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Comparison of Vigor Indices for Irrigated Desert Cotton

J.C. Silvertooth, E.R. Norton, P.W. Brown


Cotton (Gossypium spp.)is a very dynamic crop which shifts in it's vegetative/reproductive balance in response to environmental conditions and management. While the ultimate goal and objective in a cotton production system is to produce as much lint as possible in an efficient fashion, a certain amount of vegetative development (leaves, stems, roots, etc.) is necessary to provide the framework to support the production of the yield component (bolls). However, a common problem associated with a cotton production system in many regions is that of rank or excessive vegetative growth. Therefore, one of the more challenging aspects of cotton production and management is that of attaining an optimum balance in the vegetative and reproductive plant components. Similarly, it is an equally challenging research objective to identify what constitutes a well-balanced plant. In the past 10 years, a great deal of effort has been directed towards a better and more detailed understanding of cotton growth and development. One result of this effort has been the proliferation of information regarding plant mapping. Plant mapping is a rather general term which commonly involves the systematic and quantitative measurement of a crop's fruit load and it's vegetative/reproductive balance. One critical element that is necessary to make plant mapping useful, is some standard or basis of comparison to determine what is "normal" or to what extent there is a departure from a normal or desired condition. Due to time and labor requirements associated with conducting a complete plant mapping, there has been a strong interest in developing a "vigor index". Several vigor indices have been proposed and developed to various levels. These indices include: height to node ratios (HNR), length of the top five nodes, growth rates, and static growth limits. Presently, there does not exist a standard or uniform approach across the U.S. cotton belt. For further development and implementation, there is a need for consistency in the use of a vigor index. Each of the aforementioned techniques are evaluated in the context of irrigated cotton production in Arizona. The Arizona evaluations are based upon an extensive database developed over eight crop seasons and approximately 25 sites per season across representative cotton producing areas in Arizona, which range from 100 to 3,000 ft. elevation (above sea level). Comparisons are made in terms of advantages and disadvantages associated with each technique. The following four conclusions are made: 1) the HNR offers the best overall vigor assessment at present; 2) baselines or standard references are critical to the utility of any vigor index, probably needed on a regionally specific basis; 3) trends are probably more important to consider for any vigor index as opposed to solitary measurement; and 4) any vigor index will provide most useful information when used in concert with fruit retention information.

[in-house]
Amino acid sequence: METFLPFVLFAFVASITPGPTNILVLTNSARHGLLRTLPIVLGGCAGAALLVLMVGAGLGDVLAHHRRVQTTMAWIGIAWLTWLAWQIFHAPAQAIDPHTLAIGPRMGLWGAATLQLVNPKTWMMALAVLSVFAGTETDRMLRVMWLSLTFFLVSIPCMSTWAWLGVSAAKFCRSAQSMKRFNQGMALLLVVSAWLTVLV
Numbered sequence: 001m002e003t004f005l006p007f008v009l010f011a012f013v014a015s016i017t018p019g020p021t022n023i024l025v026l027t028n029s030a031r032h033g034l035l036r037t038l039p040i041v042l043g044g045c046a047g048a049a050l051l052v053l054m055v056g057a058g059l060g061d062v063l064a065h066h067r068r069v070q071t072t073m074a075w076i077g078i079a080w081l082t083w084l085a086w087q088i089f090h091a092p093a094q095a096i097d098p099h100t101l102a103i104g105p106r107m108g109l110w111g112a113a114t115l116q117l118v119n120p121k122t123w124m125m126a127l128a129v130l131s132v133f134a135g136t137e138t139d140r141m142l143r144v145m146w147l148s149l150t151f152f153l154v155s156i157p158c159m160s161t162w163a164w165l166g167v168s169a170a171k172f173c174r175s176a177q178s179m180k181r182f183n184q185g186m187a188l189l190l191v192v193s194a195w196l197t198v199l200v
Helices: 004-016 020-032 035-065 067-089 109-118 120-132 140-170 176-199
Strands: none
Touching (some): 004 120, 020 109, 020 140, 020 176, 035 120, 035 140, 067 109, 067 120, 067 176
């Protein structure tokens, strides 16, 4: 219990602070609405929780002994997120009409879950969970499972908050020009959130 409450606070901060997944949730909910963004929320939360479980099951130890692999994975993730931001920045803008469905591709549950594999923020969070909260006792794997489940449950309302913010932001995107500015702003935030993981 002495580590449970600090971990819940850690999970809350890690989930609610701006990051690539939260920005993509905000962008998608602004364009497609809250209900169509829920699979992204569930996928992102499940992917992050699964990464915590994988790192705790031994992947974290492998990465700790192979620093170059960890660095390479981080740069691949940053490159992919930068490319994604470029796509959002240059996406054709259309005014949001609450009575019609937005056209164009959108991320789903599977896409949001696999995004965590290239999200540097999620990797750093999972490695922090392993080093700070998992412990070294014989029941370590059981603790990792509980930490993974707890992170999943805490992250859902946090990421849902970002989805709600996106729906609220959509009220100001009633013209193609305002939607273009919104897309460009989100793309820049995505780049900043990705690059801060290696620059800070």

Reprinted from Proceedings of the 1996 Beltwide Cotton Conferences pg. 1196
©National Cotton Council, Memphis TN

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Document last modified Sunday, Dec 6 1998